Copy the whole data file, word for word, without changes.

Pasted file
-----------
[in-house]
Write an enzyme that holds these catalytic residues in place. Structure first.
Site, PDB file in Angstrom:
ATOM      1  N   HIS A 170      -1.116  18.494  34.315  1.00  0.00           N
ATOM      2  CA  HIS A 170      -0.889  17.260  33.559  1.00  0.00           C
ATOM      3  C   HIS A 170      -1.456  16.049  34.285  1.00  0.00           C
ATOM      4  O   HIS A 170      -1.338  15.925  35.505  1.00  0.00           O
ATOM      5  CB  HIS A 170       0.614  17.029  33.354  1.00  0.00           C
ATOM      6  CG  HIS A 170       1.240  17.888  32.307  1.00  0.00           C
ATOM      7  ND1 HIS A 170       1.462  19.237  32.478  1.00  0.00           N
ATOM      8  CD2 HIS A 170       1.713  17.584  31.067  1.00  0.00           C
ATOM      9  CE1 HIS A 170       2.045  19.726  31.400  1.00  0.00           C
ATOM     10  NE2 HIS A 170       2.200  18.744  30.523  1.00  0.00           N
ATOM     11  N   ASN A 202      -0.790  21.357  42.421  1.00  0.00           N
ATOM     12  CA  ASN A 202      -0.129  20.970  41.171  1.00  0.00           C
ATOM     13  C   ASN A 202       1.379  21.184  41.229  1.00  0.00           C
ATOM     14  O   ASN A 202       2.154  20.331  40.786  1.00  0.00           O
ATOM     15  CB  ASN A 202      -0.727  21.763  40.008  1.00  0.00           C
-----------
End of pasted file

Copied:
[in-house]
Write an enzyme that holds these catalytic residues in place. Structure first.
Site, PDB file in Angstrom:
ATOM      1  N   HIS A 170      -1.116  18.494  34.315  1.00  0.00           N
ATOM      2  CA  HIS A 170      -0.889  17.260  33.559  1.00  0.00           C
ATOM      3  C   HIS A 170      -1.456  16.049  34.285  1.00  0.00           C
ATOM      4  O   HIS A 170      -1.338  15.925  35.505  1.00  0.00           O
ATOM      5  CB  HIS A 170       0.614  17.029  33.354  1.00  0.00           C
ATOM      6  CG  HIS A 170       1.240  17.888  32.307  1.00  0.00           C
ATOM      7  ND1 HIS A 170       1.462  19.237  32.478  1.00  0.00           N
ATOM      8  CD2 HIS A 170       1.713  17.584  31.067  1.00  0.00           C
ATOM      9  CE1 HIS A 170       2.045  19.726  31.400  1.00  0.00           C
ATOM     10  NE2 HIS A 170       2.200  18.744  30.523  1.00  0.00           N
ATOM     11  N   ASN A 202      -0.790  21.357  42.421  1.00  0.00           N
ATOM     12  CA  ASN A 202      -0.129  20.970  41.171  1.00  0.00           C
ATOM     13  C   ASN A 202       1.379  21.184  41.229  1.00  0.00           C
ATOM     14  O   ASN A 202       2.154  20.331  40.786  1.00  0.00           O
ATOM     15  CB  ASN A 202      -0.727  21.763  40.008  1.00  0.00           C